How paradoxical that we ignore nature when using baby bottles described as “natural”.
The research shows that Paced Feeding works in the NICU. Plus, mothers who breast-feed use Paced Feeding to mimic natural feeding and avoid nipple confusion when using a bottle. The literature on Paced Feeding efficacy is extensive. It does seem obvious that getting as close as possible to nature’s way is a good idea and its pretty clear that Paced Feeding is that way. Why isn’t Paced Feeding usual?
Perhaps it is cultural?
We are a goal-oriented, time-deprived society. We eat on the run or in the drive-through. Eating is a necessary evil in the business of life. And we like routines and metrics such as three meals a day and calorie counts. Do we treat our babies similarly? Do we force them into our adult nutrition regime ignoring their unique vulnerability and needs? We value control. We actively manage our children. Trusting our babies to have control of their feeding and acting as their coach is not necessarily the obvious thing to do. The Cue Based and related Infant Driven feeding movements reflect a change of philosophy, mainly among health and wellness professionals. The tide is turning.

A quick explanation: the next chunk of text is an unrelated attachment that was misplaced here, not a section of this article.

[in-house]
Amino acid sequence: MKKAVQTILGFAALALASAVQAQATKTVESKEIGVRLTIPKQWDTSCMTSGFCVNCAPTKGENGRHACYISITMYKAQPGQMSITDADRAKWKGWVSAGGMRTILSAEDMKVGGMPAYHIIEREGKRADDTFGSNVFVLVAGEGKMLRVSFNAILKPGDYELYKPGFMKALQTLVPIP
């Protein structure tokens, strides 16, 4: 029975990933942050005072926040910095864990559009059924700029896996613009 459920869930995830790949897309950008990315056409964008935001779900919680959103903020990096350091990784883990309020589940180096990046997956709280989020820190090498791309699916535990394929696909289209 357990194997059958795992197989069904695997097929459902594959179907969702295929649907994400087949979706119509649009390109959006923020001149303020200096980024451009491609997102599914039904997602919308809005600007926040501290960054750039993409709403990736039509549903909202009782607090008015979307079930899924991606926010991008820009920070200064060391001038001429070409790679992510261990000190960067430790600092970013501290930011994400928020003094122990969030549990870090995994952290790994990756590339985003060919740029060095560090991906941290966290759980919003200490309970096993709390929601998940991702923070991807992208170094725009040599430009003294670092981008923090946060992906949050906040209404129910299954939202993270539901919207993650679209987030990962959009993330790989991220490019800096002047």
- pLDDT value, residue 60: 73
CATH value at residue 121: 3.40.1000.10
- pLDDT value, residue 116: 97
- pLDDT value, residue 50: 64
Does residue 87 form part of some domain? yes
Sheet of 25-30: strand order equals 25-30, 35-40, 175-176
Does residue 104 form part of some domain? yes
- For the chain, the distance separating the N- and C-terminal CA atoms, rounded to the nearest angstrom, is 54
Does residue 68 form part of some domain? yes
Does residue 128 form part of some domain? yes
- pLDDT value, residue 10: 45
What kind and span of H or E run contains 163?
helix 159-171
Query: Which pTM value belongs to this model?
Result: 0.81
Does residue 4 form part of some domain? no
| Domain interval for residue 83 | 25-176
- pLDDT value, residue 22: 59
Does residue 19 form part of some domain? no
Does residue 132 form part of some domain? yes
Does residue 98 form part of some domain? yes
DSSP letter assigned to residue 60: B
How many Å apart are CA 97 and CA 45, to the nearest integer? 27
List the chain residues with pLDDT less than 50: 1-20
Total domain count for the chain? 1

Should we blame the designers and manufacturers of commercial products?
Why not. It would seem they encourage forced feeding. We are told to tilt the bottle to make feeding easier for the baby. We are conditioned to believe that the bottle should drip milk into the baby’s mouth and to experiment with nipple hole sizes to try to match the rate of drip to the baby. We now have elaborate mechanisms for protecting bottle fed babies from overwhelming flow and overfeeding.
If only we had a feeding bottle based upon independent research. Hmm, there’s an idea.